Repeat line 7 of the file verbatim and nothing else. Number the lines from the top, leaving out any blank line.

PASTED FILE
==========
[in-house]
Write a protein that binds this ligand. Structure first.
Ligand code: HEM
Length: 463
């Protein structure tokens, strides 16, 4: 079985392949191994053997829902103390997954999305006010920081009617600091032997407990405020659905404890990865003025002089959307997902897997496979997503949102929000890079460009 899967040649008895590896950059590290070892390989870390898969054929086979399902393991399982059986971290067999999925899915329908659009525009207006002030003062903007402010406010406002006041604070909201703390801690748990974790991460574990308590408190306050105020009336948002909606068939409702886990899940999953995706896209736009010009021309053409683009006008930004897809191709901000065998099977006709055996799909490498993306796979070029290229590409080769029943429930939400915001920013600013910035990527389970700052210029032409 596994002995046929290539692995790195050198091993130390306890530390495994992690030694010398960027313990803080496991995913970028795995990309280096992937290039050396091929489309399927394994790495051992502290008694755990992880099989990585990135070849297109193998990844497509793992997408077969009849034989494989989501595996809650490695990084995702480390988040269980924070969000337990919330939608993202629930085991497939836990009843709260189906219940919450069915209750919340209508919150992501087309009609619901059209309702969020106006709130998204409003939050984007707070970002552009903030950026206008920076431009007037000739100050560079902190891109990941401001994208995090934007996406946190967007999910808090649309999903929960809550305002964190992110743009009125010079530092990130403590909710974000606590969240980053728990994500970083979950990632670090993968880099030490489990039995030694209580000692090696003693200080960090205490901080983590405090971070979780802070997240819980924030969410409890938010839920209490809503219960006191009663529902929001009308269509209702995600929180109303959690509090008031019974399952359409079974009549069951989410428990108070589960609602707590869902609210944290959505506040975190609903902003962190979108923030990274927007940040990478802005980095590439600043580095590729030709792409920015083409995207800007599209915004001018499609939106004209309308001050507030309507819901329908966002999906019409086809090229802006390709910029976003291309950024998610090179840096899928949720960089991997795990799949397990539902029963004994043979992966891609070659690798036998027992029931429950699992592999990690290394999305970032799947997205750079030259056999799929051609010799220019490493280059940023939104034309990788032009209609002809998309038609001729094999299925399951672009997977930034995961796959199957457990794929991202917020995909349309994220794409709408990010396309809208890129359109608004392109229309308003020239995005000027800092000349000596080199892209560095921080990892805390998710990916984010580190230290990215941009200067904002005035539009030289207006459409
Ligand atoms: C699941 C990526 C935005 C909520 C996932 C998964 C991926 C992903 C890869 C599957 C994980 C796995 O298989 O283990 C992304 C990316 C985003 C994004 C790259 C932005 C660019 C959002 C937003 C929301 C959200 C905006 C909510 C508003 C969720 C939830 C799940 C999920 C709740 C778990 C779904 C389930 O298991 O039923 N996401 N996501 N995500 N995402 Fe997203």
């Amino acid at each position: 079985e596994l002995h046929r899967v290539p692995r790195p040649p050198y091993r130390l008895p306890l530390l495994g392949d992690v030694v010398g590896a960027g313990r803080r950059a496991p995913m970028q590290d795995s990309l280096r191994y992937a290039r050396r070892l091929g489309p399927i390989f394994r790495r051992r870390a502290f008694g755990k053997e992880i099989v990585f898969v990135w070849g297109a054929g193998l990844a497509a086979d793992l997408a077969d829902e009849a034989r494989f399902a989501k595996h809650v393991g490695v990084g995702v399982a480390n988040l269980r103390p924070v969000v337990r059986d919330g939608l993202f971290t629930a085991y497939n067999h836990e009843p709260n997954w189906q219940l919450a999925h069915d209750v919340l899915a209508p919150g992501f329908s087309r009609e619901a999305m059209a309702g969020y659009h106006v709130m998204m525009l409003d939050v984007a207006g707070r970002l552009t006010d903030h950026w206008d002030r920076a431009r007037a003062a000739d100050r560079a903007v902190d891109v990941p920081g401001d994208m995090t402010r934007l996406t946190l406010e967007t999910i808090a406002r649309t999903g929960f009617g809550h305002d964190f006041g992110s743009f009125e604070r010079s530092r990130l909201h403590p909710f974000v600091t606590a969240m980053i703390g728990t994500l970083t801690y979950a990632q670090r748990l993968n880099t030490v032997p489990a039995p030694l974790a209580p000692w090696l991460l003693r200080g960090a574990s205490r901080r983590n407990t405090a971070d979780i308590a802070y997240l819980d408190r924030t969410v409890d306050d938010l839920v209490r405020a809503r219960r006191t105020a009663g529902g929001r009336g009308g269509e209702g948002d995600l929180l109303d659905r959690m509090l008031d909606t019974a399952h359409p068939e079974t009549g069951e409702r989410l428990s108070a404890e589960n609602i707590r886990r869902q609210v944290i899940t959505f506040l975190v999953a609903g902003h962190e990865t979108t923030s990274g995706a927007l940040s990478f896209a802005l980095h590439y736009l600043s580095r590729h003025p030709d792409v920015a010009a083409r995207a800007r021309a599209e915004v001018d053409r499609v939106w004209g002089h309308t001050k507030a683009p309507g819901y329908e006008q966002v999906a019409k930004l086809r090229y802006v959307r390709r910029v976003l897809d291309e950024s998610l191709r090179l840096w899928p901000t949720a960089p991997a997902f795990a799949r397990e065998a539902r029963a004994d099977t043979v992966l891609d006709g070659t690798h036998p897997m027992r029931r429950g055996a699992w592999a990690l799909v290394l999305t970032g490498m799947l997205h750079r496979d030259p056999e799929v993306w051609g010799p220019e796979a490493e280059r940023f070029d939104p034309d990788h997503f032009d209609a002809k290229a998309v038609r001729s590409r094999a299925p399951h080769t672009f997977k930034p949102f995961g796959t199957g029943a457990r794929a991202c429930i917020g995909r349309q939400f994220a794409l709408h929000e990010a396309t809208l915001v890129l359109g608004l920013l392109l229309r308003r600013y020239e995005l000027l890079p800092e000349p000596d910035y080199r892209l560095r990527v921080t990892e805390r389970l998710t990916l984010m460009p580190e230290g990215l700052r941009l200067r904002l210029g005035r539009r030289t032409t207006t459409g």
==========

């Amino acid at each position: 079985e596994l002995h046929r899967v290539p692995r790195p040649p050198y091993r130390l008895p306890l530390l495994g392949d992690v030694v010398g590896a960027g313990r803080r950059a496991p995913m970028q590290d795995s990309l280096r191994y992937a290039r050396r070892l091929g489309p399927i390989f394994r790495r051992r870390a502290f008694g755990k053997e992880i099989v990585f898969v990135w070849g297109a054929g193998l990844a497509a086979d793992l997408a077969d829902e009849a034989r494989f399902a989501k595996h809650v393991g490695v990084g995702v399982a480390n988040l269980r103390p924070v969000v337990r059986d919330g939608l993202f971290t629930a085991y497939n067999h836990e009843p709260n997954w189906q219940l919450a999925h069915d209750v919340l899915a209508p919150g992501f329908s087309r009609e619901a999305m059209a309702g969020y659009h106006v709130m998204m525009l409003d939050v984007a207006g707070r970002l552009t006010d903030h950026w206008d002030r920076a431009r007037a003062a000739d100050r560079a903007v902190d891109v990941p920081g401001d994208m995090t402010r934007l996406t946190l406010e967007t999910i808090a406002r649309t999903g929960f009617g809550h305002d964190f006041g992110s743009f009125e604070r010079s530092r990130l909201h403590p909710f974000v600091t606590a969240m980053i703390g728990t994500l970083t801690y979950a990632q670090r748990l993968n880099t030490v032997p489990a039995p030694l974790a209580p000692w090696l991460l003693r200080g960090a574990s205490r901080r983590n407990t405090a971070d979780i308590a802070y997240l819980d408190r924030t969410v409890d306050d938010l839920v209490r405020a809503r219960r006191t105020a009663g529902g929001r009336g009308g269509e209702g948002d995600l929180l109303d659905r959690m509090l008031d909606t019974a399952h359409p068939e079974t009549g069951e409702r989410l428990s108070a404890e589960n609602i707590r886990r869902q609210v944290i899940t959505f506040l975190v999953a609903g902003h962190e990865t979108t923030s990274g995706a927007l940040s990478f896209a802005l980095h590439y736009l600043s580095r590729h003025p030709d792409v920015a010009a083409r995207a800007r021309a599209e915004v001018d053409r499609v939106w004209g002089h309308t001050k507030a683009p309507g819901y329908e006008q966002v999906a019409k930004l086809r090229y802006v959307r390709r910029v976003l897809d291309e950024s998610l191709r090179l840096w899928p901000t949720a960089p991997a997902f795990a799949r397990e065998a539902r029963a004994d099977t043979v992966l891609d006709g070659t690798h036998p897997m027992r029931r429950g055996a699992w592999a990690l799909v290394l999305t970032g490498m799947l997205h750079r496979d030259p056999e799929v993306w051609g010799p220019e796979a490493e280059r940023f070029d939104p034309d990788h997503f032009d209609a002809k290229a998309v038609r001729s590409r094999a299925p399951h080769t672009f997977k930034p949102f995961g796959t199957g029943a457990r794929a991202c429930i917020g995909r349309q939400f994220a794409l709408h929000e990010a396309t809208l915001v890129l359109g608004l920013l392109l229309r308003r600013y020239e995005l000027l890079p800092e000349p000596d910035y080199r892209l560095r990527v921080t990892e805390r389970l998710t990916l984010m460009p580190e230290g990215l700052r941009l200067r904002l210029g005035r539009r030289t032409t207006t459409g």